HANOVER — The South Shore Vo-Tech Capital Projects Subcommittee has green-lighted a request for qualifications process for an existing facilities assessment at its meeting Monday, Aug. 14.
The vote came after a discussion of planning “the first and most important steps in working toward an ultimate goal” of creating a master facilities plan for the school by the end of this calendar year, according to Superintendent-Director Dr. Thomas J. Hickey.If the study completed by this December, a proposed project could be included in the fiscal 2019 budget.
“There is simply no way we can handle our educational needs within this building footprint,” Hickey said. “You’re going to need something with a high ceiling and a free-standing out building could be part of that.”
The plan would also outline the available land on which the district can build.
The district already knows at least one out building is needed for the automotive shop or a greenhouse for the new horticultural program, as well as targeted expansion within the current building’s footprint — such as a possible second floor for academics. Hickey said examples of specific need should be included in any building study.
“This also gives us an unbiased look at what we’ve got when we go to do something,” said School Committee Chairman Robert Molla of Norwell. “This is just a piece of the puzzle.”
The master plan’s major goal, would include components to be used to inform an engineering firm on the repair or replacement needs the school is seeking to expand the school building and accommodate new educational standards and increasing enrollment.
“This document will also help when going to towns for a legitimate, verifiable need,” Hickey said of the needs of SSVT’s 70-year-old building.
Hickey also reviewed what some “end products” and request for qualifications (RFQs) would look like. The bulk of that presentation focused on a facilities plan that KBA Architects produced for Tri-County Vocational. An RFQ details information on what a school district or municipality wants to see in a construction project — to be used as the basis for a plan proposal.
The subcommittee would then wait for firms to respond, choosing three applicants to interview.
“There are firm criteria in here to determine whether or not the firms are eligible,” Hickey said. “My research is showing there are two ways of doing this.”
The panel can require a “not-to-exceed fee” in the proposal if they wish as a way to control the scope and cost of a firm’s engineering study.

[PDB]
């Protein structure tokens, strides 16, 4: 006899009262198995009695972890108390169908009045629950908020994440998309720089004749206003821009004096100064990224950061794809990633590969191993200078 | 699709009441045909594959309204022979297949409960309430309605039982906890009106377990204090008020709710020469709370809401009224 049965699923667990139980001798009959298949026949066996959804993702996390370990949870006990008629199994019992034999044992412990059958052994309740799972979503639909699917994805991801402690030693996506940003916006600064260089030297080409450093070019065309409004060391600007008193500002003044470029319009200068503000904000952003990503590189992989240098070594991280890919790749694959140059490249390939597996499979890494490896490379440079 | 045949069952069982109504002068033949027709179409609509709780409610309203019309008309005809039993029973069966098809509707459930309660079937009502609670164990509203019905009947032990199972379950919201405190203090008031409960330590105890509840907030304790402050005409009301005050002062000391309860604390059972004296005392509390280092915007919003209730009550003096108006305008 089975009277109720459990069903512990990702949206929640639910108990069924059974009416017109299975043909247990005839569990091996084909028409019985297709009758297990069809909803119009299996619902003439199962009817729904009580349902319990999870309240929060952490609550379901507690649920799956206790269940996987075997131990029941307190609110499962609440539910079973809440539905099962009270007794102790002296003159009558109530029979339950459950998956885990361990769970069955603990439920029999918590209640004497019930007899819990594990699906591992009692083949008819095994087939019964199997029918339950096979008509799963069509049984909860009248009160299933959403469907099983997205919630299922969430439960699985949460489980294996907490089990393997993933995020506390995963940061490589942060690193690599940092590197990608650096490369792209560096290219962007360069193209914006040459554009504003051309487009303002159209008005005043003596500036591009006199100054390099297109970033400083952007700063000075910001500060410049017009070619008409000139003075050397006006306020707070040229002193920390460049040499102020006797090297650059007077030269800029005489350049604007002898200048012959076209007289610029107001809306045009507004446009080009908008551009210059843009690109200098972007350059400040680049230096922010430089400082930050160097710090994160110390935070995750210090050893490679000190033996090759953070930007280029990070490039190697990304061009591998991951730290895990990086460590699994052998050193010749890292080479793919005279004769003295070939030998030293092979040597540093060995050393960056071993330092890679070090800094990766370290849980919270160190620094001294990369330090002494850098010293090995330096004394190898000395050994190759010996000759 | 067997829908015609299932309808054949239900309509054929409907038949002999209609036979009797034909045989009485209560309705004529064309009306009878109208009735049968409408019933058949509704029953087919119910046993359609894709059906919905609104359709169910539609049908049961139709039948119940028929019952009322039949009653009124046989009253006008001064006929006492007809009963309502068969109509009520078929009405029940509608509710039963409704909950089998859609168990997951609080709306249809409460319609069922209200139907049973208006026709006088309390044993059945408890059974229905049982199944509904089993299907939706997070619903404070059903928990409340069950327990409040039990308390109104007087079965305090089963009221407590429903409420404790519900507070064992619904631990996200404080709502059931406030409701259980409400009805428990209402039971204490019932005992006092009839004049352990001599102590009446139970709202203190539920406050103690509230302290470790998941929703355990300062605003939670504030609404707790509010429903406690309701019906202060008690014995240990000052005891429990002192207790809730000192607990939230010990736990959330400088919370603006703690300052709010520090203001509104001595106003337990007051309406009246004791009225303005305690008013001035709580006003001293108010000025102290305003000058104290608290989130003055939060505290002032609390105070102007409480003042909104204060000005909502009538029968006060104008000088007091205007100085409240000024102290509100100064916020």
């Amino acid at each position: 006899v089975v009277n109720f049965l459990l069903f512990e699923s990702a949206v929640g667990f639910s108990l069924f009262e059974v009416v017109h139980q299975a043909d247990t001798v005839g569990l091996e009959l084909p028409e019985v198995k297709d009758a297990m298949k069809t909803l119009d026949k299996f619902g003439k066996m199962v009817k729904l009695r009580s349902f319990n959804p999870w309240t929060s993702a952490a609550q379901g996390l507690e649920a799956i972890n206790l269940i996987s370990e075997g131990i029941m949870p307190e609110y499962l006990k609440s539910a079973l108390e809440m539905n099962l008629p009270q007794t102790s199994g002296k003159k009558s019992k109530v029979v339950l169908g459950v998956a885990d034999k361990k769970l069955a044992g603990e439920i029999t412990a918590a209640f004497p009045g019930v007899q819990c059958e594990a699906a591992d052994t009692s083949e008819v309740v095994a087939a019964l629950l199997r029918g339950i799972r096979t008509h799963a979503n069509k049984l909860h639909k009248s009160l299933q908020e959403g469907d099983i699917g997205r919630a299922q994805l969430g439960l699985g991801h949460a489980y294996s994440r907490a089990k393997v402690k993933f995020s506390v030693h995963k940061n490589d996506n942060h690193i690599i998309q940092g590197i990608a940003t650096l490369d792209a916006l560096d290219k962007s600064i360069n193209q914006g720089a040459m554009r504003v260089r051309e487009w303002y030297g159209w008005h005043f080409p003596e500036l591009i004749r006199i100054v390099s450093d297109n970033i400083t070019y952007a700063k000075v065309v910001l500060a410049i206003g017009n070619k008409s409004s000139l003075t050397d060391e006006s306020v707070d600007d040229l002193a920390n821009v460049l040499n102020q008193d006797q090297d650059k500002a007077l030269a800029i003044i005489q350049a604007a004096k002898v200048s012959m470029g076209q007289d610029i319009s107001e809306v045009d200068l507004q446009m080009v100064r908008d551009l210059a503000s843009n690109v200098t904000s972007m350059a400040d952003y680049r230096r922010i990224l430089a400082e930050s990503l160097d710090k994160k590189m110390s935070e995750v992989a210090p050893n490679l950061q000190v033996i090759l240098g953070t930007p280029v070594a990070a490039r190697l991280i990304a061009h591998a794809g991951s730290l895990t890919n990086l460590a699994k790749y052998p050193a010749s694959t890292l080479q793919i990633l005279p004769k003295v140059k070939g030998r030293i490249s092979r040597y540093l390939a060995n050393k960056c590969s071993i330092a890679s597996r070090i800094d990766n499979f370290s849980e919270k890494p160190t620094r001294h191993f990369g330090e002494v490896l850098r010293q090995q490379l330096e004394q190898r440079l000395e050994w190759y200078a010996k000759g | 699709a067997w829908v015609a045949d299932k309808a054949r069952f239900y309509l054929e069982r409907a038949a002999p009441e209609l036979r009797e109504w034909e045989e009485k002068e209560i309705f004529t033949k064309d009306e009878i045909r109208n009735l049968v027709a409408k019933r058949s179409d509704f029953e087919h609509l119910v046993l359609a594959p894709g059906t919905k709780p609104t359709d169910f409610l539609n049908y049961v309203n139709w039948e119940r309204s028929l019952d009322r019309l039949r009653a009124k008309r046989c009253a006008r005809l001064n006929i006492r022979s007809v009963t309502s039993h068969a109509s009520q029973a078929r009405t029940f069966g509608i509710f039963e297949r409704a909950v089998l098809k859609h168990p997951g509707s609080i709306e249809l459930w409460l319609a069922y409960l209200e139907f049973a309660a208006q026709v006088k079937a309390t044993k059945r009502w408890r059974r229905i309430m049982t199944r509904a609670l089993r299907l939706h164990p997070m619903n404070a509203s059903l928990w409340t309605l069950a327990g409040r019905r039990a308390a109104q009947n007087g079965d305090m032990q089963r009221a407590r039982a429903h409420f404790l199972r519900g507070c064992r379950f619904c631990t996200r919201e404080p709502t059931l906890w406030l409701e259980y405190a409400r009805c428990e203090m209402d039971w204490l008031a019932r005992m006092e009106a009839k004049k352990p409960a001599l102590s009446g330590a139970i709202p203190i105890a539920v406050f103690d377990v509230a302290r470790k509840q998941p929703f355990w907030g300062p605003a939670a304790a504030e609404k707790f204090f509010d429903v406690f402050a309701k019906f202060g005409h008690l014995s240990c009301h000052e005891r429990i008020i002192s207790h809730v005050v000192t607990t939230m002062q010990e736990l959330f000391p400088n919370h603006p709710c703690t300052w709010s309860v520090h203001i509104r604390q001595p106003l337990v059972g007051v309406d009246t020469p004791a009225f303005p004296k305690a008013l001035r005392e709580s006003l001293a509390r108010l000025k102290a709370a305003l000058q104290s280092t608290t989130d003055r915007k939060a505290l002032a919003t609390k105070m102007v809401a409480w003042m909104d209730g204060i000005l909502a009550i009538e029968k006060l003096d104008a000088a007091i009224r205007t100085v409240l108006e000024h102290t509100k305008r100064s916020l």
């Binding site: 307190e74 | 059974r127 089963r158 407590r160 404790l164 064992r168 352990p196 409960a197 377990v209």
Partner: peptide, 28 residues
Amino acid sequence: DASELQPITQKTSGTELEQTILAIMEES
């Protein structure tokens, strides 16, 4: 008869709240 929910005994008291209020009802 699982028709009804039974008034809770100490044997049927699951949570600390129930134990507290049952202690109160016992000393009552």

“What we would need to do is make very clear what we want and what we don’t want, but we would have to either state that up front or in the form of an addendum,” Hickey said about components that may have been overlooked. “They could ask those questions, we could answer those questions and then we would supply any answers to questions asked, making it completely transparent to anybody who seeks them.”
Committee member Robert Mahoney of Rockland asked if the state could provide a vetted bid list of engineering firms for the facilities plan work.
“It’s not so much the pricing as it is approved state to use, kind of like the bid process for machinery,” he said.
“It’s the authority to get on a government project,” added Molla. “They pre-qualify you to bid.”
Hickey said such a list would be helpful and he would look into it.
One process of selecting proposals, starts with an examination of its qualifications and not the price proposal, he said, with price negotiated after a firm is selected. Some municipalities notify RFQ bidders that there is a not-to-exceed clause in effect, limiting the amount they are willing to pay for an engineering study.
“Everybody has a budget,” Hickey said, noting he does not want to spend the entire $125,000 booked in for master facilities planning and other design fees on the master facilities plan alone. “This kind of plan does not include the actual design of anything.”
Member Kenneth Thayer of Cohasset asked if there was funding built in for unanticipated cost overruns on such a plan.
“We’re basically going to tell them what we want,” Molla replied. “Those are things we know. They’re going to go through and say, ‘you can’t do this without that.’ It’s not them telling us what they think we need.”
Brookline High School did an educational master plan in 2015 at a cost of $105,000. Lincoln Public Schools did one in 2016, contracting with a firm for $40,000. Lexington spent $75,000 and Cape Cod Academy, a private school, paid $59,000 for a master plan in 2014. Tri-County Vocational spent $125,000.
“I personally don’t think that we would be spending that much money,” Hickey said. “We are not the same size and we have done some recent planning and our circumstances are such that parts of this building are in very good condition.”
He advocates being very specific about what parts of the building need review and which do not, making the school’s previous study data available to an engineering study contractor.
“Out of this should come a 10-year capital facilities maintenance plan that we should be able to debate, reprioritize, move things around,” he said. “But this outside analysis should give us a roadmap for the next 10 years.”
The major goals cover specific needs under the heading of architectural, civil or site requirements, structural, HVAC, electrical, plumbing, fire protection, hazardous material and a capital improvement plan and cost estimate. A second goal would include a location for a greenhouse, a space needs analysis the percentage of classroom use —including the amount and how much of the school day in which it is used — and identification of all buildable land on campus
“This is what we could bake into the RFQ,” Hickey said. “The firm should have a draft of the highest-priority items, unofficially, to the superintendent by Dec. 1.”